The Best Neck Treatments
Nora Ephron may feel bad about hers, but you don't have to follow her lead, thanks to these easy at-home options that help tighten and tone the neck.
Unlike age spots on hands, sun-induced pigmentation on the neck tends to be more widespread and mottled with red and brown pigment. Opt for lightening agents you can slather over the entire area rather than spot-treating with hydroquinone. A few good choices: Arbutin and kojic acid work similarly to hydroquinone to stop melanin production; soy and niacinamide block the transfer of melanin to skin; and vitamin C fades pigment on the surface. Try: Lumene Premium Beauty Rejuvenating Neck and Décolleté Cream ($27, CVS).
Instead of developing deep wrinkles, necks get loose, crepey skin. As with hands, increasing collagen and improving texture with retinoids will help. However, neck skin is more sensitive than both hands and face, so to avoid red, dry side effects, apply prescription retinoids only once a week for several weeks, suggests Dr. Baumann, and gradually build the frequency until your skin can tolerate them better. With over-the-counter retinol, rub in a pea-size amount every other night before moisturizing. Try Dr. Denese Triple Strength Neck Wrinkle Smoother ($40, qvc.com).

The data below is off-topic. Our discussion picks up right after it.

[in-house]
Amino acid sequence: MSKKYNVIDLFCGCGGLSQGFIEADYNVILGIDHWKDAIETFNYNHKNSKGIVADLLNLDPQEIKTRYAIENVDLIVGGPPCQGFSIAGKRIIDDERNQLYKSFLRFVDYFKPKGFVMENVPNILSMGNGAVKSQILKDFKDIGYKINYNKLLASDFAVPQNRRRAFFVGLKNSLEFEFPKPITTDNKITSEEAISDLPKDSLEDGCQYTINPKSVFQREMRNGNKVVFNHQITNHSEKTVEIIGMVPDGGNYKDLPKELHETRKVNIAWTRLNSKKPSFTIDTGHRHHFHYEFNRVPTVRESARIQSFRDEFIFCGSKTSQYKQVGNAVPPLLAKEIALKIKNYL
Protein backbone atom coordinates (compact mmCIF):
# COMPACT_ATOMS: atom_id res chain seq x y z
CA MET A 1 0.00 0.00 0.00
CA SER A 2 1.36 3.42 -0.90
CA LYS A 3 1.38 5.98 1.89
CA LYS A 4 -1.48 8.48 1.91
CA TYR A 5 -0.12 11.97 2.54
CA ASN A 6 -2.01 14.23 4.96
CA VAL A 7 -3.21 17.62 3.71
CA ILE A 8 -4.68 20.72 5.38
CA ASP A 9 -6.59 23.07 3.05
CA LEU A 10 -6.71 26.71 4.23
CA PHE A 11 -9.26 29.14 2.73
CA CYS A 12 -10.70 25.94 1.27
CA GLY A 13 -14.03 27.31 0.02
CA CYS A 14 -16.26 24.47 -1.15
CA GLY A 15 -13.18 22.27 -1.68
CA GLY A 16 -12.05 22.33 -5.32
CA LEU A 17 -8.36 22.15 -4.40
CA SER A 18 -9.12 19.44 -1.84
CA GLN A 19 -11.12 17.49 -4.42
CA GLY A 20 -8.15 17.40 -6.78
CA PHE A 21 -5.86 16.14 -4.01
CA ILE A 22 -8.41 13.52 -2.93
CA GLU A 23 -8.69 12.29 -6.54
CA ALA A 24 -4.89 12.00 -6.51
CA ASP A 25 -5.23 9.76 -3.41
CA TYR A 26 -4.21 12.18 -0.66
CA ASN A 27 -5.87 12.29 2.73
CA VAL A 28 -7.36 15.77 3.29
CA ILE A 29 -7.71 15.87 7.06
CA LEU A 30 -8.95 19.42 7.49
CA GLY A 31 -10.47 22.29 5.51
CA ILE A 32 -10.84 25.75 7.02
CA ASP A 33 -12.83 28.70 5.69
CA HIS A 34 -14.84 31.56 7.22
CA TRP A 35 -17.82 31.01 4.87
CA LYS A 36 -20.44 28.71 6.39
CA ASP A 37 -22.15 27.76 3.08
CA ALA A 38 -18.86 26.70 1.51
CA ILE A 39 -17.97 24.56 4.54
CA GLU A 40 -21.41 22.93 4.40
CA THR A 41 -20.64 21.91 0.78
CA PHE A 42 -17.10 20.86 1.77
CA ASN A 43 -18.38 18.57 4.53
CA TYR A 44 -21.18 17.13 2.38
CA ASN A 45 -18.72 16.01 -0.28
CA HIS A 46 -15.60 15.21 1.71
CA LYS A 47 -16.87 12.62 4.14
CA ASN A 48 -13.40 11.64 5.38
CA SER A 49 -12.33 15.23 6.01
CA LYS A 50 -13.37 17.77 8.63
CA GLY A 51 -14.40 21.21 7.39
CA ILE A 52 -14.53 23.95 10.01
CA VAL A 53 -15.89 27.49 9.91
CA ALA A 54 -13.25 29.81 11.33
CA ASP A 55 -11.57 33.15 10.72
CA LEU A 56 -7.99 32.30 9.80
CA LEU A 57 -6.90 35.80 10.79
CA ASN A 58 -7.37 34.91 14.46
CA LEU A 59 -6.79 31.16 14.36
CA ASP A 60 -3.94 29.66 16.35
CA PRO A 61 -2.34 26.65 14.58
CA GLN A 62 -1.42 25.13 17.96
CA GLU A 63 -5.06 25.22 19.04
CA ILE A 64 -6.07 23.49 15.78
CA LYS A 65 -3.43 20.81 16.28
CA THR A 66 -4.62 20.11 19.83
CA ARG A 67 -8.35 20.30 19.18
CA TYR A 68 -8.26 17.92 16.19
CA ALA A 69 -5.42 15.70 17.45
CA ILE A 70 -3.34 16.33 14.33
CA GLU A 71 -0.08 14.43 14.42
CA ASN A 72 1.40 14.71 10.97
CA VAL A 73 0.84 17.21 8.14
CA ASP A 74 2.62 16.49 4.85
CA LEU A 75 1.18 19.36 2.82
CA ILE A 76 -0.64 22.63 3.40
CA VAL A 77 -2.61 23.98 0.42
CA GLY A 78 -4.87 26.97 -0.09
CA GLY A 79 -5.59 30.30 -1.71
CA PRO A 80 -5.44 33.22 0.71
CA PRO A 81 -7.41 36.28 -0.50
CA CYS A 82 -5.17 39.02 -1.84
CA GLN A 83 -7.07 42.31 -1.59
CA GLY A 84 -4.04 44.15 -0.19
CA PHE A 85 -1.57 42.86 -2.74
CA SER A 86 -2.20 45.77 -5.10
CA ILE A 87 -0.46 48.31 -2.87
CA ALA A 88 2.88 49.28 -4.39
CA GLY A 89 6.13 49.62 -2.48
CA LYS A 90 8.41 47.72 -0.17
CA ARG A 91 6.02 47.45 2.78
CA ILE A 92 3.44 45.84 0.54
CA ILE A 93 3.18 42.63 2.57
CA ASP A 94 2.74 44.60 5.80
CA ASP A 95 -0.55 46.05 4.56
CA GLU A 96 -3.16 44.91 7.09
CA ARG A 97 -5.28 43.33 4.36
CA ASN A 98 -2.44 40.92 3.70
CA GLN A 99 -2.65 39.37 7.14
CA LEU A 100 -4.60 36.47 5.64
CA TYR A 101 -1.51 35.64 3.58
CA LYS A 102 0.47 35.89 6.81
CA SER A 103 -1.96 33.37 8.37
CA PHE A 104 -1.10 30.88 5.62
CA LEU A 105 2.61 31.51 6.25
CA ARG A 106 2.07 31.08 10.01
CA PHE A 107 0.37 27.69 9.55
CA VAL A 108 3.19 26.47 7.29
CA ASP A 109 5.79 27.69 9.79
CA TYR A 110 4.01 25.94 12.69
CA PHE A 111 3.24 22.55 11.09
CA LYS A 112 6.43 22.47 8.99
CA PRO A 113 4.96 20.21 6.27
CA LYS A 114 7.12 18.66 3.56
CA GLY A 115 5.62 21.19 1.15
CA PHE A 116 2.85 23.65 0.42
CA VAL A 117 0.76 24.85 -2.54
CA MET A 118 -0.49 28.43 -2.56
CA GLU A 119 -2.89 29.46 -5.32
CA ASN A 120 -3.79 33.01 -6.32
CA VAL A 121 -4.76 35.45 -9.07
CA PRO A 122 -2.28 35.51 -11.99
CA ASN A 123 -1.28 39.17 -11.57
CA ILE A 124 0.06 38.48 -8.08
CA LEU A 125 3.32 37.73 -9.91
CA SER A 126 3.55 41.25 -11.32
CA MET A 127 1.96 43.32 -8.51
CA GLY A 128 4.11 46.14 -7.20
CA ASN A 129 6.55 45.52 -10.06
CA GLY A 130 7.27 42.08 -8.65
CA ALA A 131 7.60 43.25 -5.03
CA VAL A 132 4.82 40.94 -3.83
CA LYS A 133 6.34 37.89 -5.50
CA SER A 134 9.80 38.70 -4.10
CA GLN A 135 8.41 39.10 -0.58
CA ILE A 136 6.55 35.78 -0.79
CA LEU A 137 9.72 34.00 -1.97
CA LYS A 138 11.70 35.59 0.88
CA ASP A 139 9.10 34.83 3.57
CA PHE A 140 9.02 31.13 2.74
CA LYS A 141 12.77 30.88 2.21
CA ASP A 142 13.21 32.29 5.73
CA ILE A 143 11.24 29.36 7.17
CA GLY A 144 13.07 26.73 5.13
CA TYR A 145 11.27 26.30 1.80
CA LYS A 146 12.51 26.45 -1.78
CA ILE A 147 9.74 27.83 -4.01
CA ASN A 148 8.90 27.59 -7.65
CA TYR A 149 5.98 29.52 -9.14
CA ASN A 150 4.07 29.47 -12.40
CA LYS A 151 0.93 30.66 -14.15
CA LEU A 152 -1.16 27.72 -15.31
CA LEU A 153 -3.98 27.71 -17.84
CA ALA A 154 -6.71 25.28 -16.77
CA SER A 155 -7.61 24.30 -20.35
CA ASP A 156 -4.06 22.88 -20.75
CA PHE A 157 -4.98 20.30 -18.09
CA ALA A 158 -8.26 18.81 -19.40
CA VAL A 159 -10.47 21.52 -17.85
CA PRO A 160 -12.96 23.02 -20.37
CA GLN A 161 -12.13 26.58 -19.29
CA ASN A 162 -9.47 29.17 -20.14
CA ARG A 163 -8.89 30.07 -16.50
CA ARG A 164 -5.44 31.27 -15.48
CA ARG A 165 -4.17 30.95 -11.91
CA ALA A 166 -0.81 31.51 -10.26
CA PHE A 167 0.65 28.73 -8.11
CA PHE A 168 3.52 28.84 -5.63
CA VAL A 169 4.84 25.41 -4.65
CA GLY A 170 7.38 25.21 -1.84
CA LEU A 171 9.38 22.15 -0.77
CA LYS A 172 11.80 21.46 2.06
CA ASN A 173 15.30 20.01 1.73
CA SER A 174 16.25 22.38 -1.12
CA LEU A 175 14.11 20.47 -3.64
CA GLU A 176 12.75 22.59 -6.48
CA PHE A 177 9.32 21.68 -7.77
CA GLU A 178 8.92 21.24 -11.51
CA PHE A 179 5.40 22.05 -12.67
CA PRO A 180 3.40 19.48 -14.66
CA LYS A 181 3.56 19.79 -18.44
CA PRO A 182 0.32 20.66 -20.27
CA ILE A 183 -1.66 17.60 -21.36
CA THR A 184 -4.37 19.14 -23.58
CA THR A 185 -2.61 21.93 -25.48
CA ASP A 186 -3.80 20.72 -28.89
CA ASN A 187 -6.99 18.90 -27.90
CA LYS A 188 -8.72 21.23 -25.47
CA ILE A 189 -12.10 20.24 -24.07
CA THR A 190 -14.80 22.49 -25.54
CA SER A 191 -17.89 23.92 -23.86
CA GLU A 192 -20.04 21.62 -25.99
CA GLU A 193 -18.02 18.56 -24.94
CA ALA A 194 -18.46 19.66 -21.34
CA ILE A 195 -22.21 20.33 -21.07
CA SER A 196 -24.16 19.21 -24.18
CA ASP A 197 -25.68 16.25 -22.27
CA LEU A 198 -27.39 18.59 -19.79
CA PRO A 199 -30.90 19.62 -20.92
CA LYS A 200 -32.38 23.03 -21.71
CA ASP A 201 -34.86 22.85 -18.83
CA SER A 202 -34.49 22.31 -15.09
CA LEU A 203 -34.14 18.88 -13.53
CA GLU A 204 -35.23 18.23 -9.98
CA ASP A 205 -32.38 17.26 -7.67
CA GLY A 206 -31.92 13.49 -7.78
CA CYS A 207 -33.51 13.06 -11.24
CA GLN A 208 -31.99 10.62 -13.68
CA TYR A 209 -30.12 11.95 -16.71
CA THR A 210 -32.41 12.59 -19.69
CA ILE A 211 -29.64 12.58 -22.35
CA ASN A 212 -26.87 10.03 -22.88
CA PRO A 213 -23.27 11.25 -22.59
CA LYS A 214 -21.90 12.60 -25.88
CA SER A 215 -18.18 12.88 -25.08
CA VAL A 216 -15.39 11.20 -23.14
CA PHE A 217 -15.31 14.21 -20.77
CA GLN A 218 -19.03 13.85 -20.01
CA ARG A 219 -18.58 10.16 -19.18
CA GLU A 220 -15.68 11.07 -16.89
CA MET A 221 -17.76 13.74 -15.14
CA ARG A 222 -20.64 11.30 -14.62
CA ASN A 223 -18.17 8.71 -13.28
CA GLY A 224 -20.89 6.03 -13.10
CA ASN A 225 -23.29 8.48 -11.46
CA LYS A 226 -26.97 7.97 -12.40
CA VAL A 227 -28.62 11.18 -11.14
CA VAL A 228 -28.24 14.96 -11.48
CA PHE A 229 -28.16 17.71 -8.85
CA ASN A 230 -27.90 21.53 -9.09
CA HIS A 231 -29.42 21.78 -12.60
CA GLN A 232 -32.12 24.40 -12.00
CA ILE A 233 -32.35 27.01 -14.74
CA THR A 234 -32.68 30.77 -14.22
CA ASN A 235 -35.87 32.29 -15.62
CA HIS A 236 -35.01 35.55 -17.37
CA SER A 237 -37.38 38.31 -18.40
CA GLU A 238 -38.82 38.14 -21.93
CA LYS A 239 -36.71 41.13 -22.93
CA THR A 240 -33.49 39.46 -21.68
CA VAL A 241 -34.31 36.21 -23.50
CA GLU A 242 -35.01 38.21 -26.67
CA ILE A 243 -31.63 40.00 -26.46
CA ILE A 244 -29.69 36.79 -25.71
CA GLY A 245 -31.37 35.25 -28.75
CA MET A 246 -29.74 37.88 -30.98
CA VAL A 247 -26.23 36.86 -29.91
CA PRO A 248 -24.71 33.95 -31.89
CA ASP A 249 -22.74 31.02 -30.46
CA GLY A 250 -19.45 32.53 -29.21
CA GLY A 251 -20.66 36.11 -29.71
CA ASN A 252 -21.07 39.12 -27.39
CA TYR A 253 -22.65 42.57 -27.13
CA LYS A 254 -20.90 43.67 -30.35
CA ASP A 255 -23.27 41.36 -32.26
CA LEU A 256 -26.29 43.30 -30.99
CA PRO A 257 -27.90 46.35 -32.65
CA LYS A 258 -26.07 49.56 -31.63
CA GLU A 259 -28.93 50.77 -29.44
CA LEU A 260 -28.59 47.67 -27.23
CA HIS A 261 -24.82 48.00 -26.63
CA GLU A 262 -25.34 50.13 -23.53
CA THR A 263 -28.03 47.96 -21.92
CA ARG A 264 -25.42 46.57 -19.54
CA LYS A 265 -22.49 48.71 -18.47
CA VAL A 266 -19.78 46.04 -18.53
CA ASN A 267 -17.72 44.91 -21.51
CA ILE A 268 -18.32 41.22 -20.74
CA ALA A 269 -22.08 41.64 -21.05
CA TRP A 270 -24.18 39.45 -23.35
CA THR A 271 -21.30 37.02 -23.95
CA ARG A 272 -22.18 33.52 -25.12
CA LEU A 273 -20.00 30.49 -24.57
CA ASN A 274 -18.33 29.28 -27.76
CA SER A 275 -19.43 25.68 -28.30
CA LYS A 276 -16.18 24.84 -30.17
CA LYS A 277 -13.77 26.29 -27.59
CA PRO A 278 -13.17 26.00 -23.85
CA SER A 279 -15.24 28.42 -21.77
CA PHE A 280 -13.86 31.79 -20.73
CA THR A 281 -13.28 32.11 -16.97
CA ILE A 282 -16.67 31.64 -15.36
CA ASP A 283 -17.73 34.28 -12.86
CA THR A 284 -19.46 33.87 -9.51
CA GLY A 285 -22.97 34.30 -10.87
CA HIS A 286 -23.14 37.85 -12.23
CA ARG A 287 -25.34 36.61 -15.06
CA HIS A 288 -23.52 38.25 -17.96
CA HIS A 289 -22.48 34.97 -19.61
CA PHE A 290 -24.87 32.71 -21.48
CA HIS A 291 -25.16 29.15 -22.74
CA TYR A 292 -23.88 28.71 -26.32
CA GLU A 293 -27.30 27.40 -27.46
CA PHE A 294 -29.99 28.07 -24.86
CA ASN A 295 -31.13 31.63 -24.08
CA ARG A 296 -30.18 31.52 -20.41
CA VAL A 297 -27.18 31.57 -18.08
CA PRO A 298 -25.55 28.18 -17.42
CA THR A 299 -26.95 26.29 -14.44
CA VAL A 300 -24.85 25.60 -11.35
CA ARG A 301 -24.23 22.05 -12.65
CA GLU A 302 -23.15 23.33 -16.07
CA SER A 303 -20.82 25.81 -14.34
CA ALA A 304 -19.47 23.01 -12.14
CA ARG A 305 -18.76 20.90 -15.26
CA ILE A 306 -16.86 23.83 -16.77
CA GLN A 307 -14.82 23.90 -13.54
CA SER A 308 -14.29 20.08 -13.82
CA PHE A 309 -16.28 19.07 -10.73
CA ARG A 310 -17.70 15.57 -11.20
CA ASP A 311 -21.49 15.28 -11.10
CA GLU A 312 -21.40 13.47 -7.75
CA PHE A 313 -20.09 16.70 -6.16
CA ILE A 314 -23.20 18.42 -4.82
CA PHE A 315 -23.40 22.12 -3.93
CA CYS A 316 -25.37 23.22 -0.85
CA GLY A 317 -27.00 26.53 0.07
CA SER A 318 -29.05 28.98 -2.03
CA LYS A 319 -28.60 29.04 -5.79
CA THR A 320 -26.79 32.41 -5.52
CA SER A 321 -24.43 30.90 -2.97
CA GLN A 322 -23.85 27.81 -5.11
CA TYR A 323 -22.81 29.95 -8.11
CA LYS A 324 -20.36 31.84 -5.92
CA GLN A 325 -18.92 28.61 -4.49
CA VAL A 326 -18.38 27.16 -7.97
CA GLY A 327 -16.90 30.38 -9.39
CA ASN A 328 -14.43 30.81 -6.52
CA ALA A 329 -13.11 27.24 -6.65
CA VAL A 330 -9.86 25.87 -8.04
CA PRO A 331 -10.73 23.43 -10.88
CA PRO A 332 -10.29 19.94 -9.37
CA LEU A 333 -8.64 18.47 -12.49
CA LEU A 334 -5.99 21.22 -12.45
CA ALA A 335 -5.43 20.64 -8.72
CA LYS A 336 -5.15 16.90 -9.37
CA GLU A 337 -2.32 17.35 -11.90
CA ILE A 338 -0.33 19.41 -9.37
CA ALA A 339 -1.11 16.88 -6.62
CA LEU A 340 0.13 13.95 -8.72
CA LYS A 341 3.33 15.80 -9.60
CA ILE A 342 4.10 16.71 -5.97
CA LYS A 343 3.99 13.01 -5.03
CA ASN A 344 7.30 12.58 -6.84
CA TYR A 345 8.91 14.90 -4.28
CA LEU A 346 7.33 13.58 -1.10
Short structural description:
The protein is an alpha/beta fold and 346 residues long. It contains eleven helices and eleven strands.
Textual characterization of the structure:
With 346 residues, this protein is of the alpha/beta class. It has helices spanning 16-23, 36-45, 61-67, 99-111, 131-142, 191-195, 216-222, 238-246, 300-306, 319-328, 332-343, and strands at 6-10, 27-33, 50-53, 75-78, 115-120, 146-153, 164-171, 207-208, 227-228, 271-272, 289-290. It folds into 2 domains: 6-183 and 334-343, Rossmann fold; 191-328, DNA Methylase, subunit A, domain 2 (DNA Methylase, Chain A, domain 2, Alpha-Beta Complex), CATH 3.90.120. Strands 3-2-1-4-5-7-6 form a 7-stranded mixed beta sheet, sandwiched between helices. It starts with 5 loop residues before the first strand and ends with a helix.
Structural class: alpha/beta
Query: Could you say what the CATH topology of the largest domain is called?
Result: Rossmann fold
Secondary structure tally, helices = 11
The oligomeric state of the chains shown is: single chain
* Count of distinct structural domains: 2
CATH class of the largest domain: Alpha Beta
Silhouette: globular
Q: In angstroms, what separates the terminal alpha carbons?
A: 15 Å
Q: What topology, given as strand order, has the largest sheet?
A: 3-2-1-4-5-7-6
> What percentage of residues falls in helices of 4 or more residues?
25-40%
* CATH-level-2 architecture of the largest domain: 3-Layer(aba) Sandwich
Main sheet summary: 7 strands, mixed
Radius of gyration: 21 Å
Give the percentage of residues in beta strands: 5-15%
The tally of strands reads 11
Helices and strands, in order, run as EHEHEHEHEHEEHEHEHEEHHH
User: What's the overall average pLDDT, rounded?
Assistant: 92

Perhaps the most common neck complaint — and the most difficult to treat without surgery — is sagging. Just like hands, your neck loses fat, causing skin to hang loosely off muscle. No neck-lift-in-a-bottle exists, nor do neck exercises help, but "firming" products may — albeit slightly — boost hydration and give skin a more toned look. Vichy Neovadiol Intensive Densifying Care ($45, drugstores) works to restore skin's lipid support layer, a sponge for water. In a company test, women saw a 26 percent increase in jawline contour and a 17 percent reduction in sagging after three months.
If You Try Only One Thing...Make it sunscreen. You could cover your body in all the wrinkle creams in Sephora, but you'll still develop sunspots, wrinkles, and other age giveaways on your hands and neck without daily sun protection. Slather it on your hands as routinely as on your complexion — and be sure to smooth it on your neck, too. Try Borghese Radiante Brightening Hand Creme SPF 30 ($15, Walgreens) and L'Oréal Collagen Remodeler Contouring Moisturizer for Face and Neck SPF 15 Lotion ($20, drugstores).
What Your Derm Can Do
Doctors' turn-back-the-clock nonsurgical treatments work fast and require little downtime. The catch: They can be pricey.
Best for: resurfacing hand and neck skin, building and tightening collagen
How they work: Lasers like the Fraxel and Nd:YAG direct thousands of tiny bursts of energy that heat the collagen layer, stimulating new growth and improving texture. Skin will be pink for a few days afterward, and perhaps even rough or peeling.
Sessions required/cost: three to six sessions; $1,000-$2,000 each